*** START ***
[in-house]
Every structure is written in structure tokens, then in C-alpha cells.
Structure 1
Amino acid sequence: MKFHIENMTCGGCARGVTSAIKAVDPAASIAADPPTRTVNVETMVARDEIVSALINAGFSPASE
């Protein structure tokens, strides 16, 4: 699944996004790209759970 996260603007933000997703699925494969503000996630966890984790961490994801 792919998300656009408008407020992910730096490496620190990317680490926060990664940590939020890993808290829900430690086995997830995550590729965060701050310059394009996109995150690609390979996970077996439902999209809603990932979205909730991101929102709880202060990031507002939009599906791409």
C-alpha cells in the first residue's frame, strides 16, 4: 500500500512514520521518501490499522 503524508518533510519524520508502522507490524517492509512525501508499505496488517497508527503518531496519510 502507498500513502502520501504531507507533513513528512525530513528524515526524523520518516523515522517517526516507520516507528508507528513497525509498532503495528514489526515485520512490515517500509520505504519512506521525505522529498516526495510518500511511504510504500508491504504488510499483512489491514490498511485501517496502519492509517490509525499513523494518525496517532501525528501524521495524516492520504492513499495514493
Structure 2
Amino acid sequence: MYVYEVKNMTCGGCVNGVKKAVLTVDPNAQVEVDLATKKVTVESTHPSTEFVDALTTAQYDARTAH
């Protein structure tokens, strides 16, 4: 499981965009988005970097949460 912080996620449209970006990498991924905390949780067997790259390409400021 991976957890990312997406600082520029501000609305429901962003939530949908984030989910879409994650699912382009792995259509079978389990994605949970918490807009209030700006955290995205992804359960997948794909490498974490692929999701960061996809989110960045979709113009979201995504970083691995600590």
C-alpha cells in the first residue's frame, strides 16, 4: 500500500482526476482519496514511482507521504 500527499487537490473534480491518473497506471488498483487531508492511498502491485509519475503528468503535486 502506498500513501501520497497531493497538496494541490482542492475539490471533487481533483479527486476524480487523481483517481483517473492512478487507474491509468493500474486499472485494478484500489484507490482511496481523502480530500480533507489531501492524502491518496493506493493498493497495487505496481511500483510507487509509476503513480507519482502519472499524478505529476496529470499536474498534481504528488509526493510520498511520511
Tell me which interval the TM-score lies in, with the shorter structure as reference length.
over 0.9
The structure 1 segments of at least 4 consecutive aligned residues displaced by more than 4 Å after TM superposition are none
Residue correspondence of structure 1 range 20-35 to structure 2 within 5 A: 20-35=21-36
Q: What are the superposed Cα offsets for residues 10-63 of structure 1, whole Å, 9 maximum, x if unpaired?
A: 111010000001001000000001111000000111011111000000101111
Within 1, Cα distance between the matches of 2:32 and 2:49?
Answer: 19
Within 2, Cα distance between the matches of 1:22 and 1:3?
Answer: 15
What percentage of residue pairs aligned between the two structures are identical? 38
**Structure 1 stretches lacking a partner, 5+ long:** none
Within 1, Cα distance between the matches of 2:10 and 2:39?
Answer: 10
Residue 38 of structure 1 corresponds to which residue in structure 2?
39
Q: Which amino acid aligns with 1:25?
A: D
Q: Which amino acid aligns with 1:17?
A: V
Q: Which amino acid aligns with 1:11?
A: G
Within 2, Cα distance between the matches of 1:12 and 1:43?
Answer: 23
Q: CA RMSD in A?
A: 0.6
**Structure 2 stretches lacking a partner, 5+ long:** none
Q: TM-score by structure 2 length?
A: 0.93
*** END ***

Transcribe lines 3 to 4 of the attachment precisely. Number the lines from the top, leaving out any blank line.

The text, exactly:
Structure 1
Amino acid sequence: MKFHIENMTCGGCARGVTSAIKAVDPAASIAADPPTRTVNVETMVARDEIVSALINAGFSPASE